Message from discussion G-Code (ShowView) resources on net
From: jho...@mpx.com.au (Jamie Honan)
Subject: G-Code (ShowView) resources on net
Organization: Microplex Pty Ltd
I'm one of those people who pulls apart a new toy just to see
how it works (and then can't be bothered putting it back together).
The G-code system used in Australia appears to be identical to
the ShowView system used in Europe. ShowView is related to (very similar,
but slightly different) VideoPlus in the UK, which, in turn, is based
on VCR+ used in the US. All of these systems are made by Gemstar.
All of these systems have been reverse engineered to determine their algorithms
and tables, up to (and including) codes of six digits length. The mechanisms
for seven and eight digits haven't been determined, although you can decode
parts of 7 and 8 digit codes (for example the day).
Code to encode and decode showview codes (and hence Australian G-code) can
be found at
The program asks questions in German, but this is easily figured out.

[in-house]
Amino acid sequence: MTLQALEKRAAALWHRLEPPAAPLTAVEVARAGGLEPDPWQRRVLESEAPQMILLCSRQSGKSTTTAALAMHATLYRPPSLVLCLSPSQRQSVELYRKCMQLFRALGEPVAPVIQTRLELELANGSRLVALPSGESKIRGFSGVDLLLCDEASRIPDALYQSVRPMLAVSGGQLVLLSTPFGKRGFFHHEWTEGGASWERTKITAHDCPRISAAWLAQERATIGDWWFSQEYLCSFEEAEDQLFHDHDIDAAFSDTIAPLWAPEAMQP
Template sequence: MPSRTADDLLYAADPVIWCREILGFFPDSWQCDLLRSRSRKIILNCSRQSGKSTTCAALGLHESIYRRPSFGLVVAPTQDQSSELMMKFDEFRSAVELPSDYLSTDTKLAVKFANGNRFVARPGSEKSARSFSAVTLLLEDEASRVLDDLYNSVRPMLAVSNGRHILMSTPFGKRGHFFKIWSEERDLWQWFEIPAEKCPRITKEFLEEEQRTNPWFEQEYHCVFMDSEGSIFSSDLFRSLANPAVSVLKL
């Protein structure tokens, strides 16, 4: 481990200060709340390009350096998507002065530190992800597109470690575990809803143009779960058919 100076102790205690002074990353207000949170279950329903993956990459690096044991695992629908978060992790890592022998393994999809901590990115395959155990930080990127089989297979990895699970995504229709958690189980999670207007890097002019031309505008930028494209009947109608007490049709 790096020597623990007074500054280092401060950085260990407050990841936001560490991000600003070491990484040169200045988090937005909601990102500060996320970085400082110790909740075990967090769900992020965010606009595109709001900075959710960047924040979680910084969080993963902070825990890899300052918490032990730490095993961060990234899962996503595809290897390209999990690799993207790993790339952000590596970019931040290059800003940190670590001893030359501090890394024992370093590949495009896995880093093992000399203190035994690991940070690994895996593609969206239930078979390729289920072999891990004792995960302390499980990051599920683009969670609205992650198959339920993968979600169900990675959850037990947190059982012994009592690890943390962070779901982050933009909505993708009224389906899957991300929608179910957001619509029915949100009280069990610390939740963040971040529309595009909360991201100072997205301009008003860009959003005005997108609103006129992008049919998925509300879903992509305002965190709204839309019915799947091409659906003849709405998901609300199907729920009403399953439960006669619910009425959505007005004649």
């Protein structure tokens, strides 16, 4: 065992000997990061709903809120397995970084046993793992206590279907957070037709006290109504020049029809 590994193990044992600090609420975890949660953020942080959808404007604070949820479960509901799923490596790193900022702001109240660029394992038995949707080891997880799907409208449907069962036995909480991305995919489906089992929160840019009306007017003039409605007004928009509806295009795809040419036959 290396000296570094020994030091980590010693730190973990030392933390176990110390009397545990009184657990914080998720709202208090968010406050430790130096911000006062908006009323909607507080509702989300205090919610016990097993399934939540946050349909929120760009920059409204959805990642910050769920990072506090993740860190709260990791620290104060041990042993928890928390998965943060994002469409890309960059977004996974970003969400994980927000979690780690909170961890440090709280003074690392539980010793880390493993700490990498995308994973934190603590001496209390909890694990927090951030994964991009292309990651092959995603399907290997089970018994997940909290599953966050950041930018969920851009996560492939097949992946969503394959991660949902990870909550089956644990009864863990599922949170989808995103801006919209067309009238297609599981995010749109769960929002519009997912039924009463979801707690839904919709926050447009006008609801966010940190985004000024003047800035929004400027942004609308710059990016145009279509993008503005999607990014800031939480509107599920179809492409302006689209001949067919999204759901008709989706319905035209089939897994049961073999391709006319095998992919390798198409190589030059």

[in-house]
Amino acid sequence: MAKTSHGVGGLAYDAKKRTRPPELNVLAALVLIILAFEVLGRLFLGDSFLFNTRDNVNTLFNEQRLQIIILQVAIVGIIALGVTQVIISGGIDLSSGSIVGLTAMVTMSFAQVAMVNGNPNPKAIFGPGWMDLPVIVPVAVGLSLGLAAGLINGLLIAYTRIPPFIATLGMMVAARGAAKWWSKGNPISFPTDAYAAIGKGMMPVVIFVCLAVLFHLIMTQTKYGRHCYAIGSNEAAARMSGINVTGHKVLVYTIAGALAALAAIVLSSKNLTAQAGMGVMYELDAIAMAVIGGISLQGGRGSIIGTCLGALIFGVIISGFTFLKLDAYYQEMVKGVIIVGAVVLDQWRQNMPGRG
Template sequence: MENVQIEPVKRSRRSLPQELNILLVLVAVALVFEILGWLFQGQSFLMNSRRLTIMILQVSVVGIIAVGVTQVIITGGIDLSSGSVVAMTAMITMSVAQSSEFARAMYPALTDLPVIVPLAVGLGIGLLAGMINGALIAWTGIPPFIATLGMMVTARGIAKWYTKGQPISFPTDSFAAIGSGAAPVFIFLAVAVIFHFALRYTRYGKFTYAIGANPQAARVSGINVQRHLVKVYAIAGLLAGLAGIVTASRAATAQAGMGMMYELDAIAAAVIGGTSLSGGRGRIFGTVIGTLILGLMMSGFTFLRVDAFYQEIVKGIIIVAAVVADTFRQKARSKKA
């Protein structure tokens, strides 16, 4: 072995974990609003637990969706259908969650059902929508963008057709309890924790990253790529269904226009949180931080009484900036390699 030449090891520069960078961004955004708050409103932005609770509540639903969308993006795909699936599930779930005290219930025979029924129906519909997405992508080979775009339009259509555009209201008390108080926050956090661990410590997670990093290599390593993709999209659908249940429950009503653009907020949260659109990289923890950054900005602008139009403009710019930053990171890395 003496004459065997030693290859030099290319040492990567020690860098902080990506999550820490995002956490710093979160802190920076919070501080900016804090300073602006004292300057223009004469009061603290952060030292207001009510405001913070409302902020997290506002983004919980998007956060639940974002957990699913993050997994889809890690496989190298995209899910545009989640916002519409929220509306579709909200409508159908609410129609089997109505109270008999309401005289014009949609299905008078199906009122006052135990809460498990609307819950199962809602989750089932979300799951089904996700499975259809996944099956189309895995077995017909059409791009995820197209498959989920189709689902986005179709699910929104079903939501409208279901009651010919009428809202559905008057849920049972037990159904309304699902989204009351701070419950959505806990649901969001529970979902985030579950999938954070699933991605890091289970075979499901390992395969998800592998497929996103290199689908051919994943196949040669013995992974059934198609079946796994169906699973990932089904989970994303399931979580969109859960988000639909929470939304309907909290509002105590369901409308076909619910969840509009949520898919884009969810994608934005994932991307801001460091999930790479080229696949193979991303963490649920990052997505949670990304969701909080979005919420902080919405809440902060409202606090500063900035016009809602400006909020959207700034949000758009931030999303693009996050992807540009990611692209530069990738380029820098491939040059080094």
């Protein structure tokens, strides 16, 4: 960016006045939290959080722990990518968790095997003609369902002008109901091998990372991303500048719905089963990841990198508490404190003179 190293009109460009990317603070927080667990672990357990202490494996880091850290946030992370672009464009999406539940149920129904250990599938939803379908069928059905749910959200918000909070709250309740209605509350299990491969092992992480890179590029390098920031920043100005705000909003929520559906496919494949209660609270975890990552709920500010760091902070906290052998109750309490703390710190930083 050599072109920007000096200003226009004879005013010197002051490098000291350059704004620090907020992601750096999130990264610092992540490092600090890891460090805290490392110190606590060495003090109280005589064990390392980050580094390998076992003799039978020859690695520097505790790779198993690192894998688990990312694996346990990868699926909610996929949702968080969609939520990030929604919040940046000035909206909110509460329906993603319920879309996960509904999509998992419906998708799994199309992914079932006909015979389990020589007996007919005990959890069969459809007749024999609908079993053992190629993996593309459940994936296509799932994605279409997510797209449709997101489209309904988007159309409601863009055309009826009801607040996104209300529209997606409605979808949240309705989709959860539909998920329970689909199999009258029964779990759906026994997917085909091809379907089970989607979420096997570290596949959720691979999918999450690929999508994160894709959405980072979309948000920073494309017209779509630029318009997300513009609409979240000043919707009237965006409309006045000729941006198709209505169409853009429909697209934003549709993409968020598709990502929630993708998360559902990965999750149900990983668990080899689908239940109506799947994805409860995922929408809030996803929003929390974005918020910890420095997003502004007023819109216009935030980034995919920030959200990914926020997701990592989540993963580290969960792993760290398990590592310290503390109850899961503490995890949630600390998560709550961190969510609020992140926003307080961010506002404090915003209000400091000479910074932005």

The author, Danial Minder, also has a little text file (originally from Dave
Hosgood), with some interesting trivia.
Daniel Minder also has a web page, where you can type in ShowView codes
and get back the decoded results. The page is in German:
If you have a PalmPilot, there is also a program to generate ShowView codes:
The videoplus code, the UK system, can be found from Steve Hosgood's site at:
All of this is based on work done in 1991, 1992 on the US VCR+ plus
system. The papers describing the original crypt analysis, the VCR+ algorithm
and original VCRplus program can be found at Curt Welch's web site. Curt
also has a link to GemStar's page.
There are several news articles describing why the 7 and 8 digit code mechanism
hasn't been deciphered yet, together with some suggestions on how this might